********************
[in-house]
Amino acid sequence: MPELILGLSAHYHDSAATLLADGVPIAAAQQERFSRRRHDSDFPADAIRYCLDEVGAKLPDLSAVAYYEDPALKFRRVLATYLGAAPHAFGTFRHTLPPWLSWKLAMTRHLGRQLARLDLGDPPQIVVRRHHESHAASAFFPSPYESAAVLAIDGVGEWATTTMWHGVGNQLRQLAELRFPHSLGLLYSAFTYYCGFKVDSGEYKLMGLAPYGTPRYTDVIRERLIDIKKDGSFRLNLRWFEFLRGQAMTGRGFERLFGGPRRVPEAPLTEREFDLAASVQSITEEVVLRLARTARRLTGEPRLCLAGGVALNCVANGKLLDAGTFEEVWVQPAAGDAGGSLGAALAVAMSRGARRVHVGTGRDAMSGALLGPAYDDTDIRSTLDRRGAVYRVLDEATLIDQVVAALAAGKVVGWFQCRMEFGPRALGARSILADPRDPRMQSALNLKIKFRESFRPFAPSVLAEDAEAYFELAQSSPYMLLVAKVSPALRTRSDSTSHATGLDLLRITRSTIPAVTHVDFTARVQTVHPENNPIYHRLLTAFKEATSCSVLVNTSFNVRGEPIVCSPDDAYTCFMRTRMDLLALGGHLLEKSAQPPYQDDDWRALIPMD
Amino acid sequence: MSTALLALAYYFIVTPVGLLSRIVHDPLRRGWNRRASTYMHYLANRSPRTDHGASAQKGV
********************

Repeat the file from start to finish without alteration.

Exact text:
[in-house]
Amino acid sequence: MPELILGLSAHYHDSAATLLADGVPIAAAQQERFSRRRHDSDFPADAIRYCLDEVGAKLPDLSAVAYYEDPALKFRRVLATYLGAAPHAFGTFRHTLPPWLSWKLAMTRHLGRQLARLDLGDPPQIVVRRHHESHAASAFFPSPYESAAVLAIDGVGEWATTTMWHGVGNQLRQLAELRFPHSLGLLYSAFTYYCGFKVDSGEYKLMGLAPYGTPRYTDVIRERLIDIKKDGSFRLNLRWFEFLRGQAMTGRGFERLFGGPRRVPEAPLTEREFDLAASVQSITEEVVLRLARTARRLTGEPRLCLAGGVALNCVANGKLLDAGTFEEVWVQPAAGDAGGSLGAALAVAMSRGARRVHVGTGRDAMSGALLGPAYDDTDIRSTLDRRGAVYRVLDEATLIDQVVAALAAGKVVGWFQCRMEFGPRALGARSILADPRDPRMQSALNLKIKFRESFRPFAPSVLAEDAEAYFELAQSSPYMLLVAKVSPALRTRSDSTSHATGLDLLRITRSTIPAVTHVDFTARVQTVHPENNPIYHRLLTAFKEATSCSVLVNTSFNVRGEPIVCSPDDAYTCFMRTRMDLLALGGHLLEKSAQPPYQDDDWRALIPMD
Amino acid sequence: MSTALLALAYYFIVTPVGLLSRIVHDPLRRGWNRRASTYMHYLANRSPRTDHGASAQKGV